challenge, the significant benefits to be gained, and the undeniable
necessity for a flat-out effort to play catch-up ball.

What Systems Types will Users Want?

If you will allow me considerable latitude with cross-sectional data
to "kludge" longitudinal implications, Exhibit 10 can be interpreted as
demand trends for systems types over the next five years.

Implementation of managerially relevant and appropriate systems has
triggered a disproportionate increase in demand for these systems. Today's
small installed base of inquiry and analysis systems has already resulted
in a significant mix shift in demand. As DP departments are successful in
fulfilling today's demand the known backlog becomes part of tomorrow's
installed base. Tomorrow's demand for new systems will be similarly
reflective of the relevance and appropriateness of tomorrow's installed

The best predictor available of tomorrow's demand mix are the 35°i of
the managerially important tasks which are today completely unsupported.
The percentage breakdown of desired system type for Lnsupported important
managerial activities was used for tomorrow's demand in Exhibit 10.

The chronology by systems type is thus traced and forecast. The
proportion of monitor systems as a percent of the installed base has
dropped from 100% yesterday to 82.3?o today. Demand for monitor systems is
forecast to drop from 40?o today to 22?o tomorrow. By contrast, analysis
systems constituted 0% of the installed base yesterday and 3.2?o today.


Today's demand has surged to 20?o and tomorrow's is forecast to continue to
grow to 40?o.

DP used to play a leadership role vis-a-vis users in the application of
computer technology to organizational needs. DP has lost this leadership
position by failure to shift the mix of delivery capability early enough to
meet emerging demand. Today DP must play catch-up-ball just to rebalance
delivery capability and demand.

Theoretically it is possible for DP to regain its leadership role by
providing a mix of systems types appropriate for tomorrow's demand.
However, this is such a dramatic change as to be impossible in the near
term for most, if not all, DP departments.

To be practical, DP and users should target their change planning to
achieve today's demand mix as soon as possible, yesterday preferably, and
to create policies, organizational structures and procedures facilitative
of growing into the position to deliver tomorrow's demand mix within 3

How Many New Systems do Users Want ?

The previous sections of this paper discussed the proportions or mix of
user demand by systems type. This section introduces the quantities of new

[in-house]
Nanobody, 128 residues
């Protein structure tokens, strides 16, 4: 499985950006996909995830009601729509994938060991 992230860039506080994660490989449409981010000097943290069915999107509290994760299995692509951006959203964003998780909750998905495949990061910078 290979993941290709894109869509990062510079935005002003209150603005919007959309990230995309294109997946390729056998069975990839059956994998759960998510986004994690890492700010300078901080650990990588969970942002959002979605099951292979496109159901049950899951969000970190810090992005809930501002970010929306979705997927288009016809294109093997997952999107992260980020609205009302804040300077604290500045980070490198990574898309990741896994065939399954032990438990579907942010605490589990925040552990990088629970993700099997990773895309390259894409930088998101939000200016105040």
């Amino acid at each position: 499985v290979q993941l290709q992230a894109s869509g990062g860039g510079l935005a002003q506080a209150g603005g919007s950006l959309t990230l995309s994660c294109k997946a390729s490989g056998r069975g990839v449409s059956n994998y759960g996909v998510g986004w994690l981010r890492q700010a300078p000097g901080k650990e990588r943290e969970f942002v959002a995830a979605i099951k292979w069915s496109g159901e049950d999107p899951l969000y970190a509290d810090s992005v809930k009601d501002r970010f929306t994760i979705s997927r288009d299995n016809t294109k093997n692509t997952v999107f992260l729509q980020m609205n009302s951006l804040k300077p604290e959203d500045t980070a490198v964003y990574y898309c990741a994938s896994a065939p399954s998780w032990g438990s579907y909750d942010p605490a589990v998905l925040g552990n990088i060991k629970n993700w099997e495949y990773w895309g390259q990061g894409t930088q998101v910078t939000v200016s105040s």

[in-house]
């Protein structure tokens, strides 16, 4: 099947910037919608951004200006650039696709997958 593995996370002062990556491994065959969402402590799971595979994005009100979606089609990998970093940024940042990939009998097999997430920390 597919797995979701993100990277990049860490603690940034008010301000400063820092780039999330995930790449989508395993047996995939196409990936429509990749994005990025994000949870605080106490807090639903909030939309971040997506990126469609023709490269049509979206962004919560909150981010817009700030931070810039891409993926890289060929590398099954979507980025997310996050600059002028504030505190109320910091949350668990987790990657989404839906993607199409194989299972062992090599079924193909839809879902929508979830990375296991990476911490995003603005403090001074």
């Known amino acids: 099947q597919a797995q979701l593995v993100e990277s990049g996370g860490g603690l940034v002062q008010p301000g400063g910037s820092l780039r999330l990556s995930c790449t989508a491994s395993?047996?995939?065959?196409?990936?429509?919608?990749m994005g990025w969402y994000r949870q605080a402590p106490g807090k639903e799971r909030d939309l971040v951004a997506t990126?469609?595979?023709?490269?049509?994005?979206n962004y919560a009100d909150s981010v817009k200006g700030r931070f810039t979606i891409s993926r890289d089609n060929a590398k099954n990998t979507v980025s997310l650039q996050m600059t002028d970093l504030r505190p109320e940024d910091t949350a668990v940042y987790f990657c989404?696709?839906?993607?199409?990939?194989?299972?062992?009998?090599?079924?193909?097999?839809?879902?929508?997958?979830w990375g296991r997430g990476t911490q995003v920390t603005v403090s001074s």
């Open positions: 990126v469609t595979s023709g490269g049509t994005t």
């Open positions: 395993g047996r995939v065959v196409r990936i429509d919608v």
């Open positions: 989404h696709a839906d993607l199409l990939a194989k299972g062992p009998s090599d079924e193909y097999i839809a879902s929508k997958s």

systems needed to canplete the picture of user demand. In Exhibit 11 no
attempt has been made to standardize new systems by size or number of
man-months required to create them. Just like the installed base of 277
systems, some are larger or more complex than others. The new systems
counts also include systems replacements but not enhancements or


The known backlog of all systems, 188, is so large (68?o of the
currently installed base) that it results in the commonly observed 2-3 year
backlog in most DP departments. Systems development personnel are already
flat-out dealing with this known backlog.

The invisible backlog of all systems, 309, is staggering (164% of the
known backlog or 115^0 of the installed base) . The invisible backlog number
is not as reliable as the known backlog because these desired systems have
not passed the "rigors" of proposal preparation and approval. However,
this figure is probably in the right ballpark.

The size of the invisible backlog implies that the known backlog will
never get any shorter. No matter how fast DP can create new systems the
users will keep the known backlog full. The length of a DP department's
known backlog is not an indication of anything other than the users
planning horizon and perceived stability of need.

Total demand for all systems, 497, is simply overwhelming — 179?o of
the installed base, which, by the way, took 10 to 15 years to create.
There is no way that any DP department can actually fulfill this level of
demand. Priority setting is as important in determining success as the
number and quality of systems developed.

Conversely, user departments will be hard pressed to fulfill their
needs even using a consortium of suppliers — DP, own DP staff, and
software vendors (package and custom). Users' prioritization of needs is
as important in fulfilling their information needs as the number and
quality of systems implemented.

User management must fulfill its responsibilities in prioritizing
individual systems, levels of effort, and type mix. It is simply unfair to


Online LibraryRobert M AllowayUser managers' systems needs : it appears that tomorrow is here today, we need to change the rules of the game and play catch-up ball → online text (page 1 of 2)